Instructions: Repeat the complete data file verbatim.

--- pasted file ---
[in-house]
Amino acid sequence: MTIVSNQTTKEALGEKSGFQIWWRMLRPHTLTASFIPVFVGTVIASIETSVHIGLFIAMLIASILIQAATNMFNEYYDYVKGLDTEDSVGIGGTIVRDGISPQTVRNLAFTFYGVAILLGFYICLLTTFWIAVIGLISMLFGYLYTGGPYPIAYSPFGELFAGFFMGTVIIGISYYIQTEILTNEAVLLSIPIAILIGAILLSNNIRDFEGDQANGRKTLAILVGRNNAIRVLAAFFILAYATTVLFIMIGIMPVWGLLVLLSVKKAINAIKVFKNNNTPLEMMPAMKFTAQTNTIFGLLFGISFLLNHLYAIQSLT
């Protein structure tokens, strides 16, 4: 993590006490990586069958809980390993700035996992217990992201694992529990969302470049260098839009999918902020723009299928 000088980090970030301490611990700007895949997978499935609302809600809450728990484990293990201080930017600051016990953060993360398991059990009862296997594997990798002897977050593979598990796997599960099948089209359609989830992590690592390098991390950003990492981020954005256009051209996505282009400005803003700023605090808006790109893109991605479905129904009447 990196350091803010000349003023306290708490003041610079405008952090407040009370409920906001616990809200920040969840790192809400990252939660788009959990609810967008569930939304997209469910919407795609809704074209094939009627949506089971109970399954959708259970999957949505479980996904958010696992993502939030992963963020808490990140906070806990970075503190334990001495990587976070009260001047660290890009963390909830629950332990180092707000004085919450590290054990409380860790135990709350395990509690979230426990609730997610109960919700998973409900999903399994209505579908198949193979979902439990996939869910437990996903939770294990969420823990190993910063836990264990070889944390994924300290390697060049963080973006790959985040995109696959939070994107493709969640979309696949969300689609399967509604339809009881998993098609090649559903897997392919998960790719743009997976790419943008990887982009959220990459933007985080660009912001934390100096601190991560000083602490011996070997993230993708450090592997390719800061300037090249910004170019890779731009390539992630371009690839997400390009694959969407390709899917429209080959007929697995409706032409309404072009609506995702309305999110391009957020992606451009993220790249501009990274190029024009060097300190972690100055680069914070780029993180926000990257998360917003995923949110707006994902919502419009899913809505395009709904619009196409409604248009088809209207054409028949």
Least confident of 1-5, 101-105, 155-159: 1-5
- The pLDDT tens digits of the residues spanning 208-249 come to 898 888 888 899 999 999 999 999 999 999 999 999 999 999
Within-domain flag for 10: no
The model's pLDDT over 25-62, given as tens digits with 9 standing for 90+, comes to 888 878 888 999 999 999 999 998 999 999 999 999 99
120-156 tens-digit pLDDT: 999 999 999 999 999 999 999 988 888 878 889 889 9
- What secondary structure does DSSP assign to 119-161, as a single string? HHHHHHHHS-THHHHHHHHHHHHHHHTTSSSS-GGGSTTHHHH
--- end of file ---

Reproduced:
[in-house]
Amino acid sequence: MTIVSNQTTKEALGEKSGFQIWWRMLRPHTLTASFIPVFVGTVIASIETSVHIGLFIAMLIASILIQAATNMFNEYYDYVKGLDTEDSVGIGGTIVRDGISPQTVRNLAFTFYGVAILLGFYICLLTTFWIAVIGLISMLFGYLYTGGPYPIAYSPFGELFAGFFMGTVIIGISYYIQTEILTNEAVLLSIPIAILIGAILLSNNIRDFEGDQANGRKTLAILVGRNNAIRVLAAFFILAYATTVLFIMIGIMPVWGLLVLLSVKKAINAIKVFKNNNTPLEMMPAMKFTAQTNTIFGLLFGISFLLNHLYAIQSLT
């Protein structure tokens, strides 16, 4: 993590006490990586069958809980390993700035996992217990992201694992529990969302470049260098839009999918902020723009299928 000088980090970030301490611990700007895949997978499935609302809600809450728990484990293990201080930017600051016990953060993360398991059990009862296997594997990798002897977050593979598990796997599960099948089209359609989830992590690592390098991390950003990492981020954005256009051209996505282009400005803003700023605090808006790109893109991605479905129904009447 990196350091803010000349003023306290708490003041610079405008952090407040009370409920906001616990809200920040969840790192809400990252939660788009959990609810967008569930939304997209469910919407795609809704074209094939009627949506089971109970399954959708259970999957949505479980996904958010696992993502939030992963963020808490990140906070806990970075503190334990001495990587976070009260001047660290890009963390909830629950332990180092707000004085919450590290054990409380860790135990709350395990509690979230426990609730997610109960919700998973409900999903399994209505579908198949193979979902439990996939869910437990996903939770294990969420823990190993910063836990264990070889944390994924300290390697060049963080973006790959985040995109696959939070994107493709969640979309696949969300689609399967509604339809009881998993098609090649559903897997392919998960790719743009997976790419943008990887982009959220990459933007985080660009912001934390100096601190991560000083602490011996070997993230993708450090592997390719800061300037090249910004170019890779731009390539992630371009690839997400390009694959969407390709899917429209080959007929697995409706032409309404072009609506995702309305999110391009957020992606451009993220790249501009990274190029024009060097300190972690100055680069914070780029993180926000990257998360917003995923949110707006994902919502419009899913809505395009709904619009196409409604248009088809209207054409028949």
Least confident of 1-5, 101-105, 155-159: 1-5
- The pLDDT tens digits of the residues spanning 208-249 come to 898 888 888 899 999 999 999 999 999 999 999 999 999 999
Within-domain flag for 10: no
The model's pLDDT over 25-62, given as tens digits with 9 standing for 90+, comes to 888 878 888 999 999 999 999 998 999 999 999 999 99
120-156 tens-digit pLDDT: 999 999 999 999 999 999 999 988 888 878 889 889 9
- What secondary structure does DSSP assign to 119-161, as a single string? HHHHHHHHS-THHHHHHHHHHHHHHHTTSSSS-GGGSTTHHHH